The European Union passenger car market contracted by 4.6 percent last year to just 9.3 million units, which is the region’s lowest level since 1993, the European Automobile Manufacturers Association (ACEA) reported this week.
According to the report, the slump was mainly due to the impact of component shortages in the first half of the year. The market, however, improved from August to December, with new car registrations expanding by 12.8% in the last month of the year.
Data showed that the number of vehicles registered in EU countries (excluding Malta, for which statistics are not available) rose to more than 896,000 units last month from over 795,000 a year earlier.
Car sales by the Volkswagen Group (including Skoda, Audi, Seat, Porsche, and others) in the European Union decreased by 5.2% last year, the ACEA said. Automaker Stellantis saw its sales nosedive by 14.1%, while Renault Group sales fell by 4.3%, and BMW sales by 5.1%. Mercedes-Benz sales stood practically at the same level as in 2021, at 549,023 units.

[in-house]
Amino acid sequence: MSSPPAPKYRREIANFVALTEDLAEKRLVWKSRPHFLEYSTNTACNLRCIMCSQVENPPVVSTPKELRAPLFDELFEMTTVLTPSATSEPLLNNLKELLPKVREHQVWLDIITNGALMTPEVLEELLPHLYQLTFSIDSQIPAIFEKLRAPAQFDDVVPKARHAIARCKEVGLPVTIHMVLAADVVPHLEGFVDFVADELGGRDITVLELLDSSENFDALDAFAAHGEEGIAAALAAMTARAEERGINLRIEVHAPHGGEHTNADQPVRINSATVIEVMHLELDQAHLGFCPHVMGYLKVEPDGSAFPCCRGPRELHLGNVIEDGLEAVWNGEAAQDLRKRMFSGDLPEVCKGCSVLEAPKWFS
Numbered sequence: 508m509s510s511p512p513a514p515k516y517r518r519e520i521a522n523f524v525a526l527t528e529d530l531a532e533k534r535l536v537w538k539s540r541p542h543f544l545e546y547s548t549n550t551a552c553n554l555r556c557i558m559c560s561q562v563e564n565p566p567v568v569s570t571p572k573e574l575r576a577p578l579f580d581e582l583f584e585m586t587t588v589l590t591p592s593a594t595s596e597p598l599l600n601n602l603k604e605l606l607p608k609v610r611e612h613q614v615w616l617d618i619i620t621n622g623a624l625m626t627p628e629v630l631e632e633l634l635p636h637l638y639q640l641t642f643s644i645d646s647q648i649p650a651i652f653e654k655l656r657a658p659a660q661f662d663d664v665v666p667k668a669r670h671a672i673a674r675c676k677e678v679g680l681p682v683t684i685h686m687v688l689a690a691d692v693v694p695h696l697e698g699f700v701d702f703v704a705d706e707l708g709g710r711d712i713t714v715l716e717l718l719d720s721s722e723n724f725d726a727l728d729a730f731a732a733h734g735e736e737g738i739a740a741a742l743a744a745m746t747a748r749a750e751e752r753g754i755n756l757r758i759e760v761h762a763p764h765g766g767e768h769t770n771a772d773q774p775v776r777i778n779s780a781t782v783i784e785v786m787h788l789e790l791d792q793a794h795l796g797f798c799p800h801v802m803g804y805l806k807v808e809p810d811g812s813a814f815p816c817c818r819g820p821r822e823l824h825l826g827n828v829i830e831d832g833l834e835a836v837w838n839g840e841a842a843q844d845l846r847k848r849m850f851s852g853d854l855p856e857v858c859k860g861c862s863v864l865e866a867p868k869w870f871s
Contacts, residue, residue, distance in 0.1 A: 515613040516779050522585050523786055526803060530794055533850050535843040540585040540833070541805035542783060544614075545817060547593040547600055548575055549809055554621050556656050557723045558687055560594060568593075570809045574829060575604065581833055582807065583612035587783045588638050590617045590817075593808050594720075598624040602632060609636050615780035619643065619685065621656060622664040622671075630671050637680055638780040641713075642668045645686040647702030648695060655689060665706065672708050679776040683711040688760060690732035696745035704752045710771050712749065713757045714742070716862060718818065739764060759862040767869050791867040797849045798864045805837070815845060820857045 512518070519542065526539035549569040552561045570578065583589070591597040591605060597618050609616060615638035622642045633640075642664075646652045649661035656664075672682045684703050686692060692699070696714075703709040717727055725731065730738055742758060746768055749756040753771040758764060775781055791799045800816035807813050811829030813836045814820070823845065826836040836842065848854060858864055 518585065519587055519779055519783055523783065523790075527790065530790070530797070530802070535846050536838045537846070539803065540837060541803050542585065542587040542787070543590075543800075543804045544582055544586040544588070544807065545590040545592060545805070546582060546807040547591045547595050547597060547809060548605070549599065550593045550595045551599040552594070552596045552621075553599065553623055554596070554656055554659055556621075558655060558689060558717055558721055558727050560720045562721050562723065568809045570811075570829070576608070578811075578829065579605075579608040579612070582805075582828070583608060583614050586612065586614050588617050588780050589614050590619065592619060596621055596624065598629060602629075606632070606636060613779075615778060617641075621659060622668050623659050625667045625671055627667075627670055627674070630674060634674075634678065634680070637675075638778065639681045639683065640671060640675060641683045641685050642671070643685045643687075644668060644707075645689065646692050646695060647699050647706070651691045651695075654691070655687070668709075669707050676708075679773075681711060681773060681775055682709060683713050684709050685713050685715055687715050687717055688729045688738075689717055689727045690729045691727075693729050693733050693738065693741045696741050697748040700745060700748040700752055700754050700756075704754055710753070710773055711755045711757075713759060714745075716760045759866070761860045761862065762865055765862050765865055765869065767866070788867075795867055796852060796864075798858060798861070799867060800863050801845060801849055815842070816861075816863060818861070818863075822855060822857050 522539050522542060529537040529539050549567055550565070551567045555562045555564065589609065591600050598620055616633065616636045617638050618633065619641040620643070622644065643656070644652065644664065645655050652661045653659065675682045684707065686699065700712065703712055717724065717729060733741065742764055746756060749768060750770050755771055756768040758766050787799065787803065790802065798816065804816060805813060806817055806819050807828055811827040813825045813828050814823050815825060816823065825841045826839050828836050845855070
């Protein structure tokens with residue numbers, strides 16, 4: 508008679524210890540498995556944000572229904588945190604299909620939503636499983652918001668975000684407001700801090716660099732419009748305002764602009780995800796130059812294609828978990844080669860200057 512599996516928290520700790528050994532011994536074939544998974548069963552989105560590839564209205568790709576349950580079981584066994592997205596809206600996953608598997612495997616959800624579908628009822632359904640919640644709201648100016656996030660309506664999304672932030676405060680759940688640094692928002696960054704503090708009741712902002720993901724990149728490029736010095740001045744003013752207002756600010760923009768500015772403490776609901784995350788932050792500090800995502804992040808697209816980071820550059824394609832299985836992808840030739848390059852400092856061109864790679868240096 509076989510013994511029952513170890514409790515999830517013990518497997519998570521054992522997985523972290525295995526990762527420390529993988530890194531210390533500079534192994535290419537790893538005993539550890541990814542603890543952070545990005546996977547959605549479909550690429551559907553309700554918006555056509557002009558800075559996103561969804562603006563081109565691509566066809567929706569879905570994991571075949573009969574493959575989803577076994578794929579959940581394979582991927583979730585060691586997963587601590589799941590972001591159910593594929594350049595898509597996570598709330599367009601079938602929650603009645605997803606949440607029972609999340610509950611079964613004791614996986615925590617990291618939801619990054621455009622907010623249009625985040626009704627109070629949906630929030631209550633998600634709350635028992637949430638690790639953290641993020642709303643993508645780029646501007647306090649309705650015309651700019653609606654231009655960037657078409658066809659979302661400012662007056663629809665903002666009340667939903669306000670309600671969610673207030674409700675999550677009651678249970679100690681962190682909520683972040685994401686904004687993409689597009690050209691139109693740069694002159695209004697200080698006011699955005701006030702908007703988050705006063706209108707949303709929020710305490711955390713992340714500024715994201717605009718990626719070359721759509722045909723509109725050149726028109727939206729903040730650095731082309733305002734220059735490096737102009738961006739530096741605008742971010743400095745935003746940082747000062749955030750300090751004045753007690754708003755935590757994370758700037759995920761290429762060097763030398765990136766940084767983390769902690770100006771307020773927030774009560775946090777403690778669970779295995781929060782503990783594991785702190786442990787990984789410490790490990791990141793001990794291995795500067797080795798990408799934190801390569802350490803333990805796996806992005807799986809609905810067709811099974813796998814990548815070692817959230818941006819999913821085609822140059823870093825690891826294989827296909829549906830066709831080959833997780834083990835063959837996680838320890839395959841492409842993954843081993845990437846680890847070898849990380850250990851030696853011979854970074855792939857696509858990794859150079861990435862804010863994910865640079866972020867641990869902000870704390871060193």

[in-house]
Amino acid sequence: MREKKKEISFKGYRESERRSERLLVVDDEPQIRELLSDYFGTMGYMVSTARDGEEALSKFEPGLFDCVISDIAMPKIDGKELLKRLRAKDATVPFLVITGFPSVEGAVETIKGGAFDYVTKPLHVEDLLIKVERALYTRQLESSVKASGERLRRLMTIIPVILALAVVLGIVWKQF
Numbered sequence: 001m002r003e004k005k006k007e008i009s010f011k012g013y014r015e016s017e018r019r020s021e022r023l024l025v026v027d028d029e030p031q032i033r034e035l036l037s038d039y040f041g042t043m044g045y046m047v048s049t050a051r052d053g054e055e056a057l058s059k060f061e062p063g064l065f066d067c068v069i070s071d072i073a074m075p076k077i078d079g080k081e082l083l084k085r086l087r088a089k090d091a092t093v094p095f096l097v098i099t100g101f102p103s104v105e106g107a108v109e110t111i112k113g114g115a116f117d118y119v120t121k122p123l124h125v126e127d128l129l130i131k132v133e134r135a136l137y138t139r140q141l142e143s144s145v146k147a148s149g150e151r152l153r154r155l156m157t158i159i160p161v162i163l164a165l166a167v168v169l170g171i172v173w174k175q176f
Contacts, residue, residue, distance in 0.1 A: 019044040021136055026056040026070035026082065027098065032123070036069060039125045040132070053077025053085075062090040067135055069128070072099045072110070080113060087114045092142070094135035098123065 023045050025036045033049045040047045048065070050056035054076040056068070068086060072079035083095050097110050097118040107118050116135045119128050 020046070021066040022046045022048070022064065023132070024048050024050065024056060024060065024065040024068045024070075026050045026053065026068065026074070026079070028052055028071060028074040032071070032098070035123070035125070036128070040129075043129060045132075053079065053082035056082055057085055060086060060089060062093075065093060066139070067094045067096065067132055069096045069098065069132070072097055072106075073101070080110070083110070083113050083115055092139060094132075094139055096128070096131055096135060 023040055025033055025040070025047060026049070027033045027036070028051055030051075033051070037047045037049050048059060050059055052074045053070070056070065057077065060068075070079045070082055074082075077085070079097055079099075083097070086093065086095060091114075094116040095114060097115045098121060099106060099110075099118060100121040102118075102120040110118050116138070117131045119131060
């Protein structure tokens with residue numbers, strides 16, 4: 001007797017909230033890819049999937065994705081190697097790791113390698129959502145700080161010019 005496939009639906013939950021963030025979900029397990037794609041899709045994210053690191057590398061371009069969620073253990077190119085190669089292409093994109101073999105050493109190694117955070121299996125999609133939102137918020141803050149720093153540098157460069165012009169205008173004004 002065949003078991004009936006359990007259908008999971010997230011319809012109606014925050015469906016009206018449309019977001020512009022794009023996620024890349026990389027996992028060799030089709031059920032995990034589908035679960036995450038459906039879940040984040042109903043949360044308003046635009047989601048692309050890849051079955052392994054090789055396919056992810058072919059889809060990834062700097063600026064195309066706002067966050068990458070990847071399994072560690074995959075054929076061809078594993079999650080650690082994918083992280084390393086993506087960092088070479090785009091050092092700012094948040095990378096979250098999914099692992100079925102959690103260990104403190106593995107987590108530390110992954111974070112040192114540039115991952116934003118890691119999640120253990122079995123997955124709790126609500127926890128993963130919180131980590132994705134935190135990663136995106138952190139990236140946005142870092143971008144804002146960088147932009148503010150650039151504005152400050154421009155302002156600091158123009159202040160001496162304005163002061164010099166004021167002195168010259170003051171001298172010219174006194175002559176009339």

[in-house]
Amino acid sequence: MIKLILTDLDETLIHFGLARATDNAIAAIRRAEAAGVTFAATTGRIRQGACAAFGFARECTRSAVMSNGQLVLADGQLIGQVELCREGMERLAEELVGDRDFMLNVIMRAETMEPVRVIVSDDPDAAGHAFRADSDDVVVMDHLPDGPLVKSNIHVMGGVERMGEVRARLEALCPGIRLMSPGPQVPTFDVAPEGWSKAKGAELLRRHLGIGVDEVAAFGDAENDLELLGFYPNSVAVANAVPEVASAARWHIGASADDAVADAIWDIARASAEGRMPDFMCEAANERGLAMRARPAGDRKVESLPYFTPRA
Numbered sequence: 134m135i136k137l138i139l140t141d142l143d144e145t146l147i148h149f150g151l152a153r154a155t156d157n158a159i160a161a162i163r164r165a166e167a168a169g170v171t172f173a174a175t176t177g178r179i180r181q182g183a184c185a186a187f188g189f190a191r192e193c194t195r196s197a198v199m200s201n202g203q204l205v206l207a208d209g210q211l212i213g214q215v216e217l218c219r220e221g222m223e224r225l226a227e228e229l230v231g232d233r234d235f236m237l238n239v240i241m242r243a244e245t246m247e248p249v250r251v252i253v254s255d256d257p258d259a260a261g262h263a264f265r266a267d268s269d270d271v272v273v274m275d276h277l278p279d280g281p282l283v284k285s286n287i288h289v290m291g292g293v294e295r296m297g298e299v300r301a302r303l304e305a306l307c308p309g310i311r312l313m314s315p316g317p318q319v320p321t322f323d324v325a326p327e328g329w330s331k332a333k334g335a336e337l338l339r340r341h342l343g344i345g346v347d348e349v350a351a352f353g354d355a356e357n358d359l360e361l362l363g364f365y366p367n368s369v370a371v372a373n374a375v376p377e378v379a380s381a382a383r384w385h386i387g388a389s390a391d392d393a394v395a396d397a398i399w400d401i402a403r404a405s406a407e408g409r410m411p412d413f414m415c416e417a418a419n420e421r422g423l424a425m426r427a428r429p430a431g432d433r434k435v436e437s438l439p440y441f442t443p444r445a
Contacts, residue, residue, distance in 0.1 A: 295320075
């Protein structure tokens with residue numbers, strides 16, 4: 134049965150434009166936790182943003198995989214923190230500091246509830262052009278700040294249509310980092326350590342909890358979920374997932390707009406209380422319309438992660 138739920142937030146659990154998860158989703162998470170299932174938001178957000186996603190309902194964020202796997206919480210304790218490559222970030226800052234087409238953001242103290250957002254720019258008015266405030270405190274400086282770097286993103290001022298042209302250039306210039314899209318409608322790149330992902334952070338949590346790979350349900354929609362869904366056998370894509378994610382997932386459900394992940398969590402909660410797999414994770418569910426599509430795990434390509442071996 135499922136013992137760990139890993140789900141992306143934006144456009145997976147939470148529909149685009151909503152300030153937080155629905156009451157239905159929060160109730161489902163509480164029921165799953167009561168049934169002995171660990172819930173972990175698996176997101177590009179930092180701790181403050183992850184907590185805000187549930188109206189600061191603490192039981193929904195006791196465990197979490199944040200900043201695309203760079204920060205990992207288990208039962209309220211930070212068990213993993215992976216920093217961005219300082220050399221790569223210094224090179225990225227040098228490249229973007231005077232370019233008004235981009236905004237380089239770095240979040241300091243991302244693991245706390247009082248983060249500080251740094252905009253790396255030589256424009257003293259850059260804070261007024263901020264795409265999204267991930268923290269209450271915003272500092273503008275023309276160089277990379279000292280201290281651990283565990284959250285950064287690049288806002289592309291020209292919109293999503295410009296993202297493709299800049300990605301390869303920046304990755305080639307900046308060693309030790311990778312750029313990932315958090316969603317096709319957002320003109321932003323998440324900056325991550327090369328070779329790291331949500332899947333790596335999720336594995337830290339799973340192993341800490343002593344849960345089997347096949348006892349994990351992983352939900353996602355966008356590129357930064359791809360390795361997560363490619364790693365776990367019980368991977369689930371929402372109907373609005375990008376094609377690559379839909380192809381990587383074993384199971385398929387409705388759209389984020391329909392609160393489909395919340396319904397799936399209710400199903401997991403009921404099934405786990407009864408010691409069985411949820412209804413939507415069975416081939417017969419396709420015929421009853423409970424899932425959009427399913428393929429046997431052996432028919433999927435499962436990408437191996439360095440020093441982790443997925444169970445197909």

Meanwhile, South Korean Hyundai (including Kia) increased its vehicle sales in the EU by 2.6%, Japanese Toyota and Honda sales grew by 7.7% and 4.4%, respectively. Sales by American carmaker Ford decreased by 2.3%.